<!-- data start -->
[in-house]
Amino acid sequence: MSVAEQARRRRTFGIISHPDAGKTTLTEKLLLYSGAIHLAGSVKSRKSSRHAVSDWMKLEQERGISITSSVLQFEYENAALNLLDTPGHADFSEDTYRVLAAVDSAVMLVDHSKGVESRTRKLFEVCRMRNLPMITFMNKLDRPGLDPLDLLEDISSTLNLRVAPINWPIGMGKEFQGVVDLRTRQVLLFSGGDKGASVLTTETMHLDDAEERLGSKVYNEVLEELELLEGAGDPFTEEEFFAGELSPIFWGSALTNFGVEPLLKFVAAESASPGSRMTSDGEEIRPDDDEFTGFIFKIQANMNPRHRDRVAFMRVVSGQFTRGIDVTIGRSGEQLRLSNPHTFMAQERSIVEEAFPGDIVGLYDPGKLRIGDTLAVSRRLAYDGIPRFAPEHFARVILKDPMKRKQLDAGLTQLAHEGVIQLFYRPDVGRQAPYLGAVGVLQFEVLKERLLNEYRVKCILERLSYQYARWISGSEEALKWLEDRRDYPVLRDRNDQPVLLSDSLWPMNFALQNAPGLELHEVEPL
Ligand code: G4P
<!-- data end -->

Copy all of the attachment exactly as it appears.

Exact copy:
[in-house]
Amino acid sequence: MSVAEQARRRRTFGIISHPDAGKTTLTEKLLLYSGAIHLAGSVKSRKSSRHAVSDWMKLEQERGISITSSVLQFEYENAALNLLDTPGHADFSEDTYRVLAAVDSAVMLVDHSKGVESRTRKLFEVCRMRNLPMITFMNKLDRPGLDPLDLLEDISSTLNLRVAPINWPIGMGKEFQGVVDLRTRQVLLFSGGDKGASVLTTETMHLDDAEERLGSKVYNEVLEELELLEGAGDPFTEEEFFAGELSPIFWGSALTNFGVEPLLKFVAAESASPGSRMTSDGEEIRPDDDEFTGFIFKIQANMNPRHRDRVAFMRVVSGQFTRGIDVTIGRSGEQLRLSNPHTFMAQERSIVEEAFPGDIVGLYDPGKLRIGDTLAVSRRLAYDGIPRFAPEHFARVILKDPMKRKQLDAGLTQLAHEGVIQLFYRPDVGRQAPYLGAVGVLQFEVLKERLLNEYRVKCILERLSYQYARWISGSEEALKWLEDRRDYPVLRDRNDQPVLLSDSLWPMNFALQNAPGLELHEVEPL
Ligand code: G4P